At 5:04 (aka 1704 hours), as I was walking through the kitchen/galley getting ready to clean up, it sounded like there was a train quietly rumbling towards us. The sound was getting louder and louder, and then I could feel the building start to shake. Then the hospital started shaking more and more violently. It was starting to shake so much that I had to hold myself up against a big metal table. There was a row of ovens behind me, and their doors were falling open (Luckily, they were empty). Then it felt like the whole ground was going to crumble apart under my feet, and the whole hospital was going to collapse on top of us. It was dinner time, so there were quite a few people in the cafeteria, and several people screamed. After what felt like an eternity, the shaking slowed to a stop. The earthquake lasted around 15 seconds, but I could swear that it was really 15 minutes. When everything became still, there were people who cheered. I don’t know if they were cheering because we were all still in one piece, or if they were just sick and cheered as if it was an amusement park ride. There may have been both types of people there. About 15 minutes after that giant quake, there was an aftershock that was even worse than some earthquakes. A lot of people freaked out and screamed again. I saw one person in the cafeteria drop to his knees and do the sign of the cross. Luckily, the aftershock only lasted for a couple of seconds. I remember that there were still aftershocks occurring a few weeks after the earthquake.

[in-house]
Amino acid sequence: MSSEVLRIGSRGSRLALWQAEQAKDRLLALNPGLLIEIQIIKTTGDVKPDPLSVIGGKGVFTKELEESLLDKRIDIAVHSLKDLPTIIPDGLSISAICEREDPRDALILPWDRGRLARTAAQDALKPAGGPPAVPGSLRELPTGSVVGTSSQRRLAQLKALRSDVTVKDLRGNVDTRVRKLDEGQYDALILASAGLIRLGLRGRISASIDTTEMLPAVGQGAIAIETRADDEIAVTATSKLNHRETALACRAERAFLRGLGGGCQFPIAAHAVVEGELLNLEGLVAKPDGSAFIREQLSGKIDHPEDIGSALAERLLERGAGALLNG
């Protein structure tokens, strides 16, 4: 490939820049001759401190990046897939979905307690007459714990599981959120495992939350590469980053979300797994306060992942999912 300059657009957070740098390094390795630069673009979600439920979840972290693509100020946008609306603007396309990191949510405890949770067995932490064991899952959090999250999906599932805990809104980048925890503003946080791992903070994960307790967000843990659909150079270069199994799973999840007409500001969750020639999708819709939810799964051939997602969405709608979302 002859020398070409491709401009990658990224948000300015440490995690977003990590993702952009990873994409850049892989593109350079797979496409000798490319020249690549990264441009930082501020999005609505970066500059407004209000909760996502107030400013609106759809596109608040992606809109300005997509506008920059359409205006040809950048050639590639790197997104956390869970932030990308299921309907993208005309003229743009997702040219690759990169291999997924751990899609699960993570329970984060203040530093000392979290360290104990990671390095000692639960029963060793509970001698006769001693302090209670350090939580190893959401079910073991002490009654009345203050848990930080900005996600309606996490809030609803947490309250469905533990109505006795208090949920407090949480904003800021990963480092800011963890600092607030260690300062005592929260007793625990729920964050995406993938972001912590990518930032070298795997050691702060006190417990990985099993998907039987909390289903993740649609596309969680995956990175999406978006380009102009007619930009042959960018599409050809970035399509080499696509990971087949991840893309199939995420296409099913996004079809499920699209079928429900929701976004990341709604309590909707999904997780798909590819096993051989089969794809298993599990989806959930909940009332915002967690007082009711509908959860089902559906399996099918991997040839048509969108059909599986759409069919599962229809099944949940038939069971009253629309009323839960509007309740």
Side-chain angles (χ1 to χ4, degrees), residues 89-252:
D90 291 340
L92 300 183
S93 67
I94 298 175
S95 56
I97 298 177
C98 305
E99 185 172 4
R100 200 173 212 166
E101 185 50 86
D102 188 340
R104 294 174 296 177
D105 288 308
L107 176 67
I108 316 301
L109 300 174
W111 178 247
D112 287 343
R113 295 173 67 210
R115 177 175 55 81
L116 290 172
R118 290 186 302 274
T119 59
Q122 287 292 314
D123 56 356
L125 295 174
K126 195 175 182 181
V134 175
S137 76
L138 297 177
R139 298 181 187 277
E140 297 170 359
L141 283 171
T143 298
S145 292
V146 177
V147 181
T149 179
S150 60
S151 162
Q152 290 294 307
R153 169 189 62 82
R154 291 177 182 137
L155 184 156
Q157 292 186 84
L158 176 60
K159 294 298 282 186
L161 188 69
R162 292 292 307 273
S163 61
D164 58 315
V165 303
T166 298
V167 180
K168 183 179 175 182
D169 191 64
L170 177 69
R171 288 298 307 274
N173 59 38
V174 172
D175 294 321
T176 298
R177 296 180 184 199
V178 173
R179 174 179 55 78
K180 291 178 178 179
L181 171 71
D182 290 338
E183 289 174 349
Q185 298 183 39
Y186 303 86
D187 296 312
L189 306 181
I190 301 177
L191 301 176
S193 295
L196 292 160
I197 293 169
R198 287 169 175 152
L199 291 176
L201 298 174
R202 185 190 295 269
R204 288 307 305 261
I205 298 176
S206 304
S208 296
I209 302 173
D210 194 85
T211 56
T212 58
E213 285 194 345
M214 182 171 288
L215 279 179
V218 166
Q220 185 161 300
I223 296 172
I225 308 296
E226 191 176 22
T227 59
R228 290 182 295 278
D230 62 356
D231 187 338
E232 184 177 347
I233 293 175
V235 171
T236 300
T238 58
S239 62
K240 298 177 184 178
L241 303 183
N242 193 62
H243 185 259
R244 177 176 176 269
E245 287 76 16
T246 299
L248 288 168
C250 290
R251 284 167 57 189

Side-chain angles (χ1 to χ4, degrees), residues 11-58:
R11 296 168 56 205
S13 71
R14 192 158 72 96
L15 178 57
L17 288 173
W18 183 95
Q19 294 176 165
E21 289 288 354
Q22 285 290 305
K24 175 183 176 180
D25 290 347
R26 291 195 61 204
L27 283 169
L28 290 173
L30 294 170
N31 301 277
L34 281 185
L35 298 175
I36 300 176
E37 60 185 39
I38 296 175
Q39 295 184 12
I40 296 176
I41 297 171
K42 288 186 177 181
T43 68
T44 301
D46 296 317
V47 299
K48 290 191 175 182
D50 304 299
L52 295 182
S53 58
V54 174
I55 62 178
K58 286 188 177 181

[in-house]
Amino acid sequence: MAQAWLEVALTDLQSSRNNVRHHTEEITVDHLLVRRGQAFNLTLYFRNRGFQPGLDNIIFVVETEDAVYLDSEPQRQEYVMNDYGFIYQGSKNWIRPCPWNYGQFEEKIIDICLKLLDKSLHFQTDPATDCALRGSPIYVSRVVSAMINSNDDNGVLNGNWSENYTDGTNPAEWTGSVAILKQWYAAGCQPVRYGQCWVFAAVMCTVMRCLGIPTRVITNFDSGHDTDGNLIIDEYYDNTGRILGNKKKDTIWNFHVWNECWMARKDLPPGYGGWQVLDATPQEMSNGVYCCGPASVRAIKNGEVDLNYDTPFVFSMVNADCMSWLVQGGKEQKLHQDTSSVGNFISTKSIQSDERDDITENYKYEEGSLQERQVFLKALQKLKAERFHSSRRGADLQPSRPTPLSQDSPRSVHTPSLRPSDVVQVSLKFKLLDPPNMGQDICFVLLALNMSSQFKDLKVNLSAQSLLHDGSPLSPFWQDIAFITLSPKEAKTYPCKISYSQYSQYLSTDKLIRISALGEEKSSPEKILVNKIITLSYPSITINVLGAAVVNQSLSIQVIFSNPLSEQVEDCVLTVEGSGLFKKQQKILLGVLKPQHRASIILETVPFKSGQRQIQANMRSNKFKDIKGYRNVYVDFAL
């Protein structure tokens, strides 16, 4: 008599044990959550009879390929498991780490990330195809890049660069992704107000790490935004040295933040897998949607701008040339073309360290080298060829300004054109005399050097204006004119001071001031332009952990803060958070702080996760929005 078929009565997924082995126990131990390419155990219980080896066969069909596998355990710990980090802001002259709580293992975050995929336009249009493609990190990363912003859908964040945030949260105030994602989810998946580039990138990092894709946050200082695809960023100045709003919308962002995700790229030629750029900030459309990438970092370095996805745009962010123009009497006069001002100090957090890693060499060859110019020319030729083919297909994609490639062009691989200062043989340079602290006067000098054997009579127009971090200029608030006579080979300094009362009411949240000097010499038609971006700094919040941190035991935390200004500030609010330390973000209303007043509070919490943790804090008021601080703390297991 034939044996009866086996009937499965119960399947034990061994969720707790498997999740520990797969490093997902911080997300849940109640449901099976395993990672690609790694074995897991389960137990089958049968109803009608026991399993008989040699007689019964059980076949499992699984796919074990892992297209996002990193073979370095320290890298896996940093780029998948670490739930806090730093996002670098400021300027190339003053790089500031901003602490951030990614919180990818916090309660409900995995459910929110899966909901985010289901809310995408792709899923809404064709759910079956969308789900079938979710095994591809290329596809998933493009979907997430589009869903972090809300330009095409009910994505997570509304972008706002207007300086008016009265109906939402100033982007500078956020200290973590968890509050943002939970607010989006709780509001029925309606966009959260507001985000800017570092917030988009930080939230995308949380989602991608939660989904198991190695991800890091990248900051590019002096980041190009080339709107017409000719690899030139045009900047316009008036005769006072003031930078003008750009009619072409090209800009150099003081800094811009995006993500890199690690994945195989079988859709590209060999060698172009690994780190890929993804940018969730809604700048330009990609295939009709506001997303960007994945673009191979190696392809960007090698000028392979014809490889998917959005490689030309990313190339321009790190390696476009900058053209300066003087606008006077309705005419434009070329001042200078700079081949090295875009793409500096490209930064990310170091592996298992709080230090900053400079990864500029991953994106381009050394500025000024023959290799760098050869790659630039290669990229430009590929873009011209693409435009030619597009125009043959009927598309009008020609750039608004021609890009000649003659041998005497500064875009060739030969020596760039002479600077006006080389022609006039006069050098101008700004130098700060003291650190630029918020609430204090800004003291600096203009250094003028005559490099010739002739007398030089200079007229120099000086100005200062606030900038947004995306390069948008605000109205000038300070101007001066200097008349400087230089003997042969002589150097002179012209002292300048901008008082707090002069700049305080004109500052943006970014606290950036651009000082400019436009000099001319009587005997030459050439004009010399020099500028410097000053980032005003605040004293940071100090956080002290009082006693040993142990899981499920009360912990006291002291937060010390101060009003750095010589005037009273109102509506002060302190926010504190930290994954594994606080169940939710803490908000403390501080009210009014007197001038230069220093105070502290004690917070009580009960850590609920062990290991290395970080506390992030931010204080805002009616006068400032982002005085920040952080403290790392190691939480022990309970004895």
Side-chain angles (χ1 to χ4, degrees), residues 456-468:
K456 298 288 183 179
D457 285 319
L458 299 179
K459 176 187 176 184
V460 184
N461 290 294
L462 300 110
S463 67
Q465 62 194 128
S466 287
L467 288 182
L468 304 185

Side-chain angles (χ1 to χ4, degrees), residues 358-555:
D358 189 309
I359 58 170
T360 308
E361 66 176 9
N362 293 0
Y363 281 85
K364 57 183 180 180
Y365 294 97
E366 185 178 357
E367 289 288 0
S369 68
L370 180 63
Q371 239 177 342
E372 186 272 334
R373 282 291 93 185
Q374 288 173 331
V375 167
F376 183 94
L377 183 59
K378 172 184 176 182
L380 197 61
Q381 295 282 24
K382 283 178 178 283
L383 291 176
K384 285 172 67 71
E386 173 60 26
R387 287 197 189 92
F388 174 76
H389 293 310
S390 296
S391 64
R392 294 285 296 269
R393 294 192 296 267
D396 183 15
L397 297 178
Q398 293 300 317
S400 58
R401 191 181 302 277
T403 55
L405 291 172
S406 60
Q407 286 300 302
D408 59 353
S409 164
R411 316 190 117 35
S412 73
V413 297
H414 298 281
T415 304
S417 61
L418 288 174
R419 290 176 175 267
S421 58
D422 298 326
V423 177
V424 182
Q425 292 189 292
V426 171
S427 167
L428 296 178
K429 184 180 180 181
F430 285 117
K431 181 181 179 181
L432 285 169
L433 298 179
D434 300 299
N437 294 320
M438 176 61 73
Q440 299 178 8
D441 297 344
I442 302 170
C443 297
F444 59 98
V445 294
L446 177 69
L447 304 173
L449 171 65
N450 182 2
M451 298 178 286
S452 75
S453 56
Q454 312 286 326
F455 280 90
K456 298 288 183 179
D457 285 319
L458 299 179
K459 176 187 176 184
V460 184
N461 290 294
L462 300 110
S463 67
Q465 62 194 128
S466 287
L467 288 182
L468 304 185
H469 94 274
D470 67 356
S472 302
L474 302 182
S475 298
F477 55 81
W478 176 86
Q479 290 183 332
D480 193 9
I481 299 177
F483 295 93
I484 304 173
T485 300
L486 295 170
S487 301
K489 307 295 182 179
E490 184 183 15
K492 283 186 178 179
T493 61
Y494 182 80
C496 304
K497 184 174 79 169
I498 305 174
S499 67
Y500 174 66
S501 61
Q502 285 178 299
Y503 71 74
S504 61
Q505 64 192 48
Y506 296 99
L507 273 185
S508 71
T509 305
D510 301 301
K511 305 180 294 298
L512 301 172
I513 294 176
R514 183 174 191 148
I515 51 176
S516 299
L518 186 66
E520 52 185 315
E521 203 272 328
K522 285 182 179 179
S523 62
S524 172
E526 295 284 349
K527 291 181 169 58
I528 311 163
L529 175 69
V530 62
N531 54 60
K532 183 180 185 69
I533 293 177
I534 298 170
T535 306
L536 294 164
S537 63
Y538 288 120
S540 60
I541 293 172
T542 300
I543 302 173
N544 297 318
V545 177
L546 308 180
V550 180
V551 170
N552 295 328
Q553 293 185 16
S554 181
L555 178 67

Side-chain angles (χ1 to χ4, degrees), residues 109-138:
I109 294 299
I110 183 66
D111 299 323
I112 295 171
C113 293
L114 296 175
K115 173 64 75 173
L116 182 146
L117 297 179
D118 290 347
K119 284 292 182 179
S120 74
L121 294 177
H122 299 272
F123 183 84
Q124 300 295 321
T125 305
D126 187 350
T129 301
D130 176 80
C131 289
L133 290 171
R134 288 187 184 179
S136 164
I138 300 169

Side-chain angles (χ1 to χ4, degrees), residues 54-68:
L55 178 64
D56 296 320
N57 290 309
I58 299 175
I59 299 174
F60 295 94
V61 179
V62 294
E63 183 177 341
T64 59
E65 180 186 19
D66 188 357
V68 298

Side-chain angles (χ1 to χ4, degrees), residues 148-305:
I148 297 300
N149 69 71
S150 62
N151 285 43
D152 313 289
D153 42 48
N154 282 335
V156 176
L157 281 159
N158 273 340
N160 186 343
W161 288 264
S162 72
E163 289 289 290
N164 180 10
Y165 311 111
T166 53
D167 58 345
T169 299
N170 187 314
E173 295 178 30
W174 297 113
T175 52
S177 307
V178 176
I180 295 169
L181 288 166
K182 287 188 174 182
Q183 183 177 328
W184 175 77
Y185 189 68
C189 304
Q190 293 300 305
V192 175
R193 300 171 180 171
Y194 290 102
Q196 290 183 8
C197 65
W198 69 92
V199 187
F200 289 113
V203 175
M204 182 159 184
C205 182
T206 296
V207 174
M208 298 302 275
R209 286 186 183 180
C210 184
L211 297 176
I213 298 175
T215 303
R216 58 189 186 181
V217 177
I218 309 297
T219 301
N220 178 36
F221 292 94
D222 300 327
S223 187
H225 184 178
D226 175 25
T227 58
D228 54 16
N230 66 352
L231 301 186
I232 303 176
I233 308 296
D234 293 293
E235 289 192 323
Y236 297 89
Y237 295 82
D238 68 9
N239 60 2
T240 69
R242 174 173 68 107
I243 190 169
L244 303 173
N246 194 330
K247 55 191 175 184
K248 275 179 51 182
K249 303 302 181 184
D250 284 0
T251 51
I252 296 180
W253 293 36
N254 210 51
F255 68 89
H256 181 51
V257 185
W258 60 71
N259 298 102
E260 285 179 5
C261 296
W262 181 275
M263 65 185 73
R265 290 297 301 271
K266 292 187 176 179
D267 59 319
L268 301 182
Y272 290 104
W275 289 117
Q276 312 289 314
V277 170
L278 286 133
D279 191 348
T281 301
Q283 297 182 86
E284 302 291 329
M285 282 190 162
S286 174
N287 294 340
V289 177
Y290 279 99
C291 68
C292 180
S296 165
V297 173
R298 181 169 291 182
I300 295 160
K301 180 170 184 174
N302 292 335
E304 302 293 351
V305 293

We put on whatever radios we could find, and we found out that a part of the Bay Bridge collapsed, and that the Cypress Freeway had collapsed. The Bay Bridge was a giant bridge between Oakland and San Francisco. There were two levels. Each level had 5 lanes. The upper level went West to San Francisco, and the lower level went East to Oakland. A large section of the upper portion of the bridge collapsed on to the level below it.
The Cypress Freeway was in much worse condition. This freeway was over 1 ½ miles of highway structures with multiple levels. A large section of the freeway collapsed, crushing dozens of cars and trucks, which resulted in 42 deaths and dozens more injured.